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Does Too Much Protein Cause Disease?

From the Show: HER
Summary: Many people believe that a high protein diet (the higher the better) is the best diet. But could too much protein actually be harmful?
Air Date: 8/21/14
Duration: 10
Host: Michelle King Robson and Pamela Peeke, MD
Guest Bio: Suzanna McGee, fitness trainer
Suzanna McGee Photo SaladSuzanna McGee is a former Ms. Natural Olympia drug-free bodybuilding champion and currently a competitive tennis player, athletic fitness trainer and writer. She is also a performance enhancement and injury prevention coach, with a certificate in plant-based nutrition from eCornell University.

The athletes who participate in McGee's program report a decreased rate of injuries, increased fitness levels and mental toughness, and overall better tennis performance. McGee is also certified by the National Academy of Sports Medicine (NASM) as a Performance Enhancement Specialist and Corrective Exercise Specialist.
  • Book Title: The Athlete's Simple Guide to a Plant-Based Lifestyle
Does Too Much Protein Cause Disease?
The name protein comes from the Greek word protos, meaning "first."

Protein is an essential nutrient that your body needs. Many people believe that a high-protein diet (the higher the better) is the best diet. But consuming too much protein isn't healthy at all.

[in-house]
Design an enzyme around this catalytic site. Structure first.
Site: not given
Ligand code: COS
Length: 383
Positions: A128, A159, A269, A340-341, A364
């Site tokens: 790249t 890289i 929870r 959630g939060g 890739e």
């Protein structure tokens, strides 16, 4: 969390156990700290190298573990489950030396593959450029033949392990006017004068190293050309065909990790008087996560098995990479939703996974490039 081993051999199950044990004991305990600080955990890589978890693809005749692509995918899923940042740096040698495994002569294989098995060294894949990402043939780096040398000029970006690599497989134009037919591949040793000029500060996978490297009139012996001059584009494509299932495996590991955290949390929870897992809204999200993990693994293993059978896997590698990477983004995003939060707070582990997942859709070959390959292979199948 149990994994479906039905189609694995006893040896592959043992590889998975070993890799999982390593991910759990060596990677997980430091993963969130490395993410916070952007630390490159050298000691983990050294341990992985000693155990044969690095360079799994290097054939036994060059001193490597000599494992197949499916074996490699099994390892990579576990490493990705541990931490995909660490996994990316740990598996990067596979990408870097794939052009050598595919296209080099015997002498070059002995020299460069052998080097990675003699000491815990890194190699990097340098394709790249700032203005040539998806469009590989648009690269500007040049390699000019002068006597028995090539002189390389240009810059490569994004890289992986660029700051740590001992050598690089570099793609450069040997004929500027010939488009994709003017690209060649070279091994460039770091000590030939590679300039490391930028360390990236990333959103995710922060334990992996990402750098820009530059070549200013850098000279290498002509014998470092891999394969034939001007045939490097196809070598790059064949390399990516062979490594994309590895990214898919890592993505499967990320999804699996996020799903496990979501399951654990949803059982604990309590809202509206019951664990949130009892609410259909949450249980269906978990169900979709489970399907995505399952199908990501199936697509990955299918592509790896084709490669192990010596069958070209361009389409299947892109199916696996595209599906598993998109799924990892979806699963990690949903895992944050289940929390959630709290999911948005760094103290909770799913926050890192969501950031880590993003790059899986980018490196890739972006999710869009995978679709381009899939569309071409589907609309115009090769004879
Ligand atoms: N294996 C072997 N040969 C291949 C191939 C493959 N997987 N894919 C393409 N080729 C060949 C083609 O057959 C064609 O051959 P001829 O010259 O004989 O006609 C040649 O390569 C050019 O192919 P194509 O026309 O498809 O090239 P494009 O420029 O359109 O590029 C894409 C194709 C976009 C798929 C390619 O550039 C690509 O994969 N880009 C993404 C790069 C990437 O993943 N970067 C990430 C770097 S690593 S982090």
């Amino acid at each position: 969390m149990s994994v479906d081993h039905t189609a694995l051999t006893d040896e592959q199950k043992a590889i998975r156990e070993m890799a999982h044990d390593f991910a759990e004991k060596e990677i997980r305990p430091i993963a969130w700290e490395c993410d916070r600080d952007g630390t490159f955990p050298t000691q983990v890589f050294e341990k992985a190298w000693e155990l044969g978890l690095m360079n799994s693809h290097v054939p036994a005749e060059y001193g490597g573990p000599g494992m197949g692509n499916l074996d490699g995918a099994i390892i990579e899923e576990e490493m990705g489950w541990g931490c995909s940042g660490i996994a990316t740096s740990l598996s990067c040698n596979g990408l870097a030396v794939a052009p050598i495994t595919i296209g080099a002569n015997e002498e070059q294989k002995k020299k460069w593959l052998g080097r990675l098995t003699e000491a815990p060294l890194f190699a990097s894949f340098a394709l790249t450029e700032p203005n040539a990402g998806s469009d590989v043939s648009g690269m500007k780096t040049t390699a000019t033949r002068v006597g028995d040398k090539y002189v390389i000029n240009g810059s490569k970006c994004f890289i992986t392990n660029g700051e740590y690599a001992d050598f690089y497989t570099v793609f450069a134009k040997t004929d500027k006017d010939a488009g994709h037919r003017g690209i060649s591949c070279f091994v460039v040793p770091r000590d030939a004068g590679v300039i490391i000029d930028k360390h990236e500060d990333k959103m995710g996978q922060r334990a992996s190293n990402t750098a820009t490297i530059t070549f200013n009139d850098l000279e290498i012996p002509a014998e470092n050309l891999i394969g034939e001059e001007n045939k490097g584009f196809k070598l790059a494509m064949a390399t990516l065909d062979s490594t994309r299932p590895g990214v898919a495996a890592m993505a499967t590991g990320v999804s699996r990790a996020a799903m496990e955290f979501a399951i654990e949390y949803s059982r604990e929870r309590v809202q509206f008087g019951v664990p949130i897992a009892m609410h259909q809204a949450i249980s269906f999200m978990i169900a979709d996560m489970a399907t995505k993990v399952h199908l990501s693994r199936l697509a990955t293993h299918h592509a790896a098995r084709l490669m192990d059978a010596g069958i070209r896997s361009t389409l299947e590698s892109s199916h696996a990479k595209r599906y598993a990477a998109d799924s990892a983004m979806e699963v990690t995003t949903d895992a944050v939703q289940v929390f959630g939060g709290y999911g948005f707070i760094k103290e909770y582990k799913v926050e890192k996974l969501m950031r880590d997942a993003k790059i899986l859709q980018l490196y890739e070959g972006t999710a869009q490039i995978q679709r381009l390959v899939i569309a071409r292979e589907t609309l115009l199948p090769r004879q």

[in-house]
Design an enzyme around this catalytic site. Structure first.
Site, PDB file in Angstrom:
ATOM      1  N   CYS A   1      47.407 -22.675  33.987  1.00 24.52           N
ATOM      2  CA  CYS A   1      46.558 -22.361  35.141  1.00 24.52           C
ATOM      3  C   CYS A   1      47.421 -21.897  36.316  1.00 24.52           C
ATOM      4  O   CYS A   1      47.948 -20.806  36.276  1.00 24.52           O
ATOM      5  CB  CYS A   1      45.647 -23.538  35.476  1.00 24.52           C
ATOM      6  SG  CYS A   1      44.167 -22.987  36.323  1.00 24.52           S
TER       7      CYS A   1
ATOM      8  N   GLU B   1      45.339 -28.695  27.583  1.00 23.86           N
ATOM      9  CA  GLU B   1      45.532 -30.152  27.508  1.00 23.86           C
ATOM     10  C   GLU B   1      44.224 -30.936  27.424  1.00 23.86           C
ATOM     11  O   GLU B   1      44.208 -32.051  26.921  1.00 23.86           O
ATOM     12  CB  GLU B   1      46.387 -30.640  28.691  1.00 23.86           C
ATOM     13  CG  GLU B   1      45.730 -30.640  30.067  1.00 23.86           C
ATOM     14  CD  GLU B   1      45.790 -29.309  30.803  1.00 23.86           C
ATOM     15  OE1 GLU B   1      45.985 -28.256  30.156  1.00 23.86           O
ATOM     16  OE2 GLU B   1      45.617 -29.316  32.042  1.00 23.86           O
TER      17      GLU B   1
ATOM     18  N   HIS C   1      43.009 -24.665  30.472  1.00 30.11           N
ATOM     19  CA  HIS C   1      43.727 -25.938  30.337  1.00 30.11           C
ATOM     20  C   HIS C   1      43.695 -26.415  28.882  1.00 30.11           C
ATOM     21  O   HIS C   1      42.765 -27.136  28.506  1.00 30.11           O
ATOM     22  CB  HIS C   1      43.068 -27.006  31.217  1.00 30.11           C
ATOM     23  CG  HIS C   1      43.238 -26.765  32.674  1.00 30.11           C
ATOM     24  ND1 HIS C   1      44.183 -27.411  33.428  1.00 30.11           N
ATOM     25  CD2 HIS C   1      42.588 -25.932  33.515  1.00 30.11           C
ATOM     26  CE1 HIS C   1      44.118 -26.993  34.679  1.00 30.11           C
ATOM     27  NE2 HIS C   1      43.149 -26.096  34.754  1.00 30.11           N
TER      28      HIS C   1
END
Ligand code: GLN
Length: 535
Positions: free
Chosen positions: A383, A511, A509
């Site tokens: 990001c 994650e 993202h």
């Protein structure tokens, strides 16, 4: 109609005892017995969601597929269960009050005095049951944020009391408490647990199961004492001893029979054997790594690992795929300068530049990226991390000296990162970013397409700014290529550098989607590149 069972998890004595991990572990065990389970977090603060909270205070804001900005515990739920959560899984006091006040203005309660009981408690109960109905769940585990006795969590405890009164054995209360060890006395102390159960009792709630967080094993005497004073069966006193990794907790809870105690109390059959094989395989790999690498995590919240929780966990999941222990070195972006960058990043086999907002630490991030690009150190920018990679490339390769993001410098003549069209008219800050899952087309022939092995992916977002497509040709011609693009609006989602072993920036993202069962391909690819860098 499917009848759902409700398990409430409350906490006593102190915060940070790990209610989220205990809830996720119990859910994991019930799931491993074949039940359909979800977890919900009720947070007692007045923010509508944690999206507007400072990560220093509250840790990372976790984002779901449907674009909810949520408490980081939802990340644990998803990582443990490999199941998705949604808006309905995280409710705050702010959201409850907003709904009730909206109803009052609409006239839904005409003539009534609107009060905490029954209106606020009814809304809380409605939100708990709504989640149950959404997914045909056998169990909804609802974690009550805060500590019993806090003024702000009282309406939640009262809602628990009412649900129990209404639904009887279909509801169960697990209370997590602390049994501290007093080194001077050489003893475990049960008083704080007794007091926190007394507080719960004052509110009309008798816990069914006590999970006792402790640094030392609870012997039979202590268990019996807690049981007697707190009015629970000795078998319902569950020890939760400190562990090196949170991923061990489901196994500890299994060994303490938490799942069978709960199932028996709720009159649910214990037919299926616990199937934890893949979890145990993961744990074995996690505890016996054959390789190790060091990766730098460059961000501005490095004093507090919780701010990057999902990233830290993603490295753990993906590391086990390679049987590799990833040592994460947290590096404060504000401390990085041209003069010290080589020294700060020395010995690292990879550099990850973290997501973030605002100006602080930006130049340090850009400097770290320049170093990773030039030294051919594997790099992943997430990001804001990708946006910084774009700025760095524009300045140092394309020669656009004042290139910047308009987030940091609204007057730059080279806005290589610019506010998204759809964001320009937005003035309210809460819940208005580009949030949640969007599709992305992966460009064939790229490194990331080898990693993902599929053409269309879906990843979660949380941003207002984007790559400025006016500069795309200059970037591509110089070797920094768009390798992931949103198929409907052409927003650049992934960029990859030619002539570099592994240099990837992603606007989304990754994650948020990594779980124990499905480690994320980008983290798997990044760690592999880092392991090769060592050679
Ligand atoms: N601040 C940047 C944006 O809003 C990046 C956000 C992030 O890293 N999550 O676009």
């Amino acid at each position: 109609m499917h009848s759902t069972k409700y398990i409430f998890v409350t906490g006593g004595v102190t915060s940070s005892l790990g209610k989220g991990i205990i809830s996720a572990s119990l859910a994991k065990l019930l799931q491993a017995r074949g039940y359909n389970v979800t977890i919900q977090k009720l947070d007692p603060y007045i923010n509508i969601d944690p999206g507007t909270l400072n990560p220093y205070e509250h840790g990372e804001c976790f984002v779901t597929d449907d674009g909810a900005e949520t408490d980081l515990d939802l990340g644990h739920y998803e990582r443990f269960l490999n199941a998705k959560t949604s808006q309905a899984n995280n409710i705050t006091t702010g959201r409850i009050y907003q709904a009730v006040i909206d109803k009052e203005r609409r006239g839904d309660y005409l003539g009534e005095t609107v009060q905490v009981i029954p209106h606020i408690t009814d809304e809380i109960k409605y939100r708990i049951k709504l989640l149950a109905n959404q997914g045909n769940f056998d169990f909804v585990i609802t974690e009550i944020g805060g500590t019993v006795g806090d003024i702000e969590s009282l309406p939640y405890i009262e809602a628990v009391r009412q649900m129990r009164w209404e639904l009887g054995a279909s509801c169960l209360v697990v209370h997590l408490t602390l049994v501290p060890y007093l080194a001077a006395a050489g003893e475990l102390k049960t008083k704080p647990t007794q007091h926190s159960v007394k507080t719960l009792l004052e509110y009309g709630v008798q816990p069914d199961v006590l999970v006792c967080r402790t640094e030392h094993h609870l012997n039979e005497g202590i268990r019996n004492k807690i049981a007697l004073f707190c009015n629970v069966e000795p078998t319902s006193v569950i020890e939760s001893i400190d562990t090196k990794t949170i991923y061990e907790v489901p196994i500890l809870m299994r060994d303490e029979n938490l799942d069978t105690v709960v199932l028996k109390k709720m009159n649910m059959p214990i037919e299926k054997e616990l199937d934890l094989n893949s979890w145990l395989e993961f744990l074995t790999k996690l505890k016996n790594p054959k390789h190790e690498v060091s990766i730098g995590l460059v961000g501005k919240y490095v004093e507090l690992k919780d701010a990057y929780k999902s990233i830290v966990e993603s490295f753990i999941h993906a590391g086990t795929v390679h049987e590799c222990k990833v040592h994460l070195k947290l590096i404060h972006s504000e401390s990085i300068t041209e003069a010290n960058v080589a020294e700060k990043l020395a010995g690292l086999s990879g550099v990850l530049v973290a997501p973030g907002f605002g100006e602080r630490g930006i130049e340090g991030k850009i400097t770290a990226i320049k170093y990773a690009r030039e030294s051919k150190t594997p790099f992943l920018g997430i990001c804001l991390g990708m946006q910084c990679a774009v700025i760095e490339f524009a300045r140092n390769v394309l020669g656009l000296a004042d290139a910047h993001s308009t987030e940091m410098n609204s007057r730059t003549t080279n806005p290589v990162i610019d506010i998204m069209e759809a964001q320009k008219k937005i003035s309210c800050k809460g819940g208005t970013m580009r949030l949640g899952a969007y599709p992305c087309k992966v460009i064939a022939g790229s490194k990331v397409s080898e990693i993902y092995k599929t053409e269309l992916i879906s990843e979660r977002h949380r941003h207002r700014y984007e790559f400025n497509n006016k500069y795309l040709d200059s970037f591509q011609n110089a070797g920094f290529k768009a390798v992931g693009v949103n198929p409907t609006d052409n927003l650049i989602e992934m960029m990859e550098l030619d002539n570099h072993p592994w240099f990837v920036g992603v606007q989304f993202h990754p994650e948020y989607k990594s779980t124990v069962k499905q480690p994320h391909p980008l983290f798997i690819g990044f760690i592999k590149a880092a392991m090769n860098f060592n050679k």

If you are following a high-protein diet, you may think that you need to eat meat as your main source of protein. However, recent studies have indicated that eating too much protein, specifically coming from an animal product, can cause liver damage, heart problems, and weight gain (Healthy Eating). If this type of diet persists, these health problems can turn into serious conditions, potentially leading to disease. 

The recommended amount of protein is approximately 10-35% of your daily calories. Adult women need, on average, 46 grams of protein a day, while adult men need about 56 grams (Medicine Net). 

In this segment, athletic fitness trainer, Suzanna McGee, debunks the myths about protein. She also breaks down how much dietary protein you should consume and explains how a plant-based, whole foods diet can still give you all the protein you need.
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